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'Some of them are moved to tears': A photographer is capturing Ireland's lifeboat crews with Victorian techniques

Jack Lowe aims to capture all 238 stations in the network – a project that will likely take five years

Lowe captured RNLI volunteers in Ilfracombe in 2015
Lowe captured RNLI volunteers in Ilfracombe in 2015
Image: Jack Lowe

USING TECHNIQUES INVENTED hundreds of years ago, a photographer is spending at least five years travelling around Ireland and the UK to capture haunting images of lifeboats and their volunteers on glass plates.

Jack Lowe from Newcastle upon Tyne has already captured 88 of the 231 Royal National Lifeboat Institution (RNLI) stations in the UK with Victorian processes, and is now in Ireland, where he captured his first station in Dunmore East on Wednesday.

He’ll travel around the country, including to Tramore, Kinsale and Castletownbere, and will finish in Valentia, Co Kerry on 30 September – his 99th lifeboat station.

The trip is his first to Ireland, and he said he was excited to see the country’s “stunning coastline”.

I’d been told there’s a welcome like no other from the Irish and I’m already experiencing it after just two days.

Victorian methods

Lowe aims to capture every station in the RNLI’s network, and he’s expected to reach the midpoint of the project in 2018.

He’s travelling in a decommissioned NHS ambulance bought online that has been converted into a mobile darkroom, where his photos, captured on a camera made in 1905, can be developed.

Source: RNLI/YouTube

He uses a process called wet plate collodion, which captures the images on glass.

The technique was developed in the 1850s, around the time that the the RNLI was incorporated under Royal Charter.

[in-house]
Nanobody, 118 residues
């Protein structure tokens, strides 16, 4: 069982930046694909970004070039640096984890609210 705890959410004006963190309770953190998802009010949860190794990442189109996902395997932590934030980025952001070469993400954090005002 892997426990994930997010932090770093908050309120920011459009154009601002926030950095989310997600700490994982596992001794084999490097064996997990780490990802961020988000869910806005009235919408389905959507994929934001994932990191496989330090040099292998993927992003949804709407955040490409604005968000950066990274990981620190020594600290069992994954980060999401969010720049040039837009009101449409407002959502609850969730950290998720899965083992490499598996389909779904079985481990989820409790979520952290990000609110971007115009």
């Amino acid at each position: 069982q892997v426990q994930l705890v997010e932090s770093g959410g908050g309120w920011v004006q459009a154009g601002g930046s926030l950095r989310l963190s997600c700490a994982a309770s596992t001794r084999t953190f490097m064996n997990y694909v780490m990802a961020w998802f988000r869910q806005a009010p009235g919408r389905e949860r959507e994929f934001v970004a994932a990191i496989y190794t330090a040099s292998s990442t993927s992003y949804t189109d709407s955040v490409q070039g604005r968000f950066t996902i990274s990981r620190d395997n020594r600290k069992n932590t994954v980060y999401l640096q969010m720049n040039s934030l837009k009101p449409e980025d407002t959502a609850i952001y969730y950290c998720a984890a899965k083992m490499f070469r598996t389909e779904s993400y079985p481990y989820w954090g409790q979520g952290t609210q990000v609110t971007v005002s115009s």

The lifeboat crew members can step into the ambulance to watch the portraits appear on the glass, something Lowe says they often find moving.

Because the process takes so much more time than digital photography, Lowe spends at least 24 hours in each station. He’ll have made a connection with the crew before the photo’s taken, making the process of being photographed more engaging and relaxing.

Dunmore East RS (1) Lowe uses a camera made in 1905 Source: Jack Lowe

But it’s the rare technique itself that’s responsible for most of the emotion. The crew is invited into the ambulance and can watch the photo slowly develop,  seeing themselves in a way they’ve never seen before, and they might associate only with their own ancestors.

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Lowe says he’s been met with tears and hugs after the process:

It reveals who the person really is. It lets the soul shine through. Some of them are moved to tears.


Lowe grew up around ships thanks to his father, and is an avid lifeboat supporter, he explains:

My Dad is an experienced seafarer and introduced me to the wonders of lifeboats – these incredible, powerful pieces of kit designed for heroic, lifesaving missions on stormy seas.

With his love of photography, he says that he is now “following my heart and uniting the two passions”.

The word photography means drawing with light and that is how I think about it still. I adore photography in this very raw, basic form — light falling on chemicals. It really is magical – the final image is always a surprise, even to me

It’s the physical nature of the process that led him to use the Victorian techniques. Not only does it remind him of his childhood, when he built his own darkroom and worked with physical photographs, but it makes the photos themselves more accessible: “In 50 years time you won’t need software to see them. You’ll just need your eyes.”

The project began in 2015, but planning started two years earlier.

 There’s a small global community of people interested in using these old techniques. Everyone works in their own way – and you’re always learning as you go along.
When he returns home, he’ll scan the glass to make prints, and varnish the plates to keep an archive. His hope is that an organisation like the National Maritime Museum or the RNLI itself will be interested in the glass collection.
My dream is to have a national collection that shows the legacy of these volunteers.

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